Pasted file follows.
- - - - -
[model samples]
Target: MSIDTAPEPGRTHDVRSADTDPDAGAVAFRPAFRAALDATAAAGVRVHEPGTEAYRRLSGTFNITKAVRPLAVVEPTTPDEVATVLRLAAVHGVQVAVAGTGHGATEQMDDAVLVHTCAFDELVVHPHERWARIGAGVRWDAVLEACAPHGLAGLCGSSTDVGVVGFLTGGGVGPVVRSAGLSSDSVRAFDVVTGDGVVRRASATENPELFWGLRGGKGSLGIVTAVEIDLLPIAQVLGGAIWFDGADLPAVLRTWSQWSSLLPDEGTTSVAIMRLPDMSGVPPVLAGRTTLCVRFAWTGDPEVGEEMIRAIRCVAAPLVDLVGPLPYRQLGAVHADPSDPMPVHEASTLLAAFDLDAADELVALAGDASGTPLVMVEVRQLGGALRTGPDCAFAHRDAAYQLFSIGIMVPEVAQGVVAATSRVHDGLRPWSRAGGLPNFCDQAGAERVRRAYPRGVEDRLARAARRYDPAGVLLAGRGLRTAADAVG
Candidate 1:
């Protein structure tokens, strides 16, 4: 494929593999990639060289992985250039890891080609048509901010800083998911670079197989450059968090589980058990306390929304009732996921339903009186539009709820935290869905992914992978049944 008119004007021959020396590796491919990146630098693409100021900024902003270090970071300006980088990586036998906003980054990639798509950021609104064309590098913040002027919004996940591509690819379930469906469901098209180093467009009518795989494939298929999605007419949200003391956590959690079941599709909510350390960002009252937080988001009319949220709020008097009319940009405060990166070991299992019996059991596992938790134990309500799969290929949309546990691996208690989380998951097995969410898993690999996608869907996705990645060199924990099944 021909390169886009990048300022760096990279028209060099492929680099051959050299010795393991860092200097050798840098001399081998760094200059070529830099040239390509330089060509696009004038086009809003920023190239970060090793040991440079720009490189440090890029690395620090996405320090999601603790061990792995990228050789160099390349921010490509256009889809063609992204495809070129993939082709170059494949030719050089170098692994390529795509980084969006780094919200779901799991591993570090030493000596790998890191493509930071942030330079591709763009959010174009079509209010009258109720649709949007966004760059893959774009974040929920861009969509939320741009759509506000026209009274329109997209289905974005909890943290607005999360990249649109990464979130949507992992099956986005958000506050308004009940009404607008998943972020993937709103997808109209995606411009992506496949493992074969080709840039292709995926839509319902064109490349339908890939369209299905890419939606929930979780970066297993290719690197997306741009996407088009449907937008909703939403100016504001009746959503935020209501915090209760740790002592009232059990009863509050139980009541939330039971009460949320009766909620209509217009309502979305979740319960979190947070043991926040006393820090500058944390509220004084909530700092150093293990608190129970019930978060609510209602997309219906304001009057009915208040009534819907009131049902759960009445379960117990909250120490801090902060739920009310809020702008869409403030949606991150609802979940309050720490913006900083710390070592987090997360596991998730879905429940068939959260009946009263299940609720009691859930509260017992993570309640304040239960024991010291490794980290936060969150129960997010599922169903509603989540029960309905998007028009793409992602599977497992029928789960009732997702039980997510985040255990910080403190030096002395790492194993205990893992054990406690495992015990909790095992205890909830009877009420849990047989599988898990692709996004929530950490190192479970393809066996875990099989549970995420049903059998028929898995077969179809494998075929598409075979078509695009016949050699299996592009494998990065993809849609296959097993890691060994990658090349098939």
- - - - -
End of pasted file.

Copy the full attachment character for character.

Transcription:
[model samples]
Target: MSIDTAPEPGRTHDVRSADTDPDAGAVAFRPAFRAALDATAAAGVRVHEPGTEAYRRLSGTFNITKAVRPLAVVEPTTPDEVATVLRLAAVHGVQVAVAGTGHGATEQMDDAVLVHTCAFDELVVHPHERWARIGAGVRWDAVLEACAPHGLAGLCGSSTDVGVVGFLTGGGVGPVVRSAGLSSDSVRAFDVVTGDGVVRRASATENPELFWGLRGGKGSLGIVTAVEIDLLPIAQVLGGAIWFDGADLPAVLRTWSQWSSLLPDEGTTSVAIMRLPDMSGVPPVLAGRTTLCVRFAWTGDPEVGEEMIRAIRCVAAPLVDLVGPLPYRQLGAVHADPSDPMPVHEASTLLAAFDLDAADELVALAGDASGTPLVMVEVRQLGGALRTGPDCAFAHRDAAYQLFSIGIMVPEVAQGVVAATSRVHDGLRPWSRAGGLPNFCDQAGAERVRRAYPRGVEDRLARAARRYDPAGVLLAGRGLRTAADAVG
Candidate 1:
């Protein structure tokens, strides 16, 4: 494929593999990639060289992985250039890891080609048509901010800083998911670079197989450059968090589980058990306390929304009732996921339903009186539009709820935290869905992914992978049944 008119004007021959020396590796491919990146630098693409100021900024902003270090970071300006980088990586036998906003980054990639798509950021609104064309590098913040002027919004996940591509690819379930469906469901098209180093467009009518795989494939298929999605007419949200003391956590959690079941599709909510350390960002009252937080988001009319949220709020008097009319940009405060990166070991299992019996059991596992938790134990309500799969290929949309546990691996208690989380998951097995969410898993690999996608869907996705990645060199924990099944 021909390169886009990048300022760096990279028209060099492929680099051959050299010795393991860092200097050798840098001399081998760094200059070529830099040239390509330089060509696009004038086009809003920023190239970060090793040991440079720009490189440090890029690395620090996405320090999601603790061990792995990228050789160099390349921010490509256009889809063609992204495809070129993939082709170059494949030719050089170098692994390529795509980084969006780094919200779901799991591993570090030493000596790998890191493509930071942030330079591709763009959010174009079509209010009258109720649709949007966004760059893959774009974040929920861009969509939320741009759509506000026209009274329109997209289905974005909890943290607005999360990249649109990464979130949507992992099956986005958000506050308004009940009404607008998943972020993937709103997808109209995606411009992506496949493992074969080709840039292709995926839509319902064109490349339908890939369209299905890419939606929930979780970066297993290719690197997306741009996407088009449907937008909703939403100016504001009746959503935020209501915090209760740790002592009232059990009863509050139980009541939330039971009460949320009766909620209509217009309502979305979740319960979190947070043991926040006393820090500058944390509220004084909530700092150093293990608190129970019930978060609510209602997309219906304001009057009915208040009534819907009131049902759960009445379960117990909250120490801090902060739920009310809020702008869409403030949606991150609802979940309050720490913006900083710390070592987090997360596991998730879905429940068939959260009946009263299940609720009691859930509260017992993570309640304040239960024991010291490794980290936060969150129960997010599922169903509603989540029960309905998007028009793409992602599977497992029928789960009732997702039980997510985040255990910080403190030096002395790492194993205990893992054990406690495992015990909790095992205890909830009877009420849990047989599988898990692709996004929530950490190192479970393809066996875990099989549970995420049903059998028929898995077969179809494998075929598409075979078509695009016949050699299996592009494998990065993809849609296959097993890691060994990658090349098939």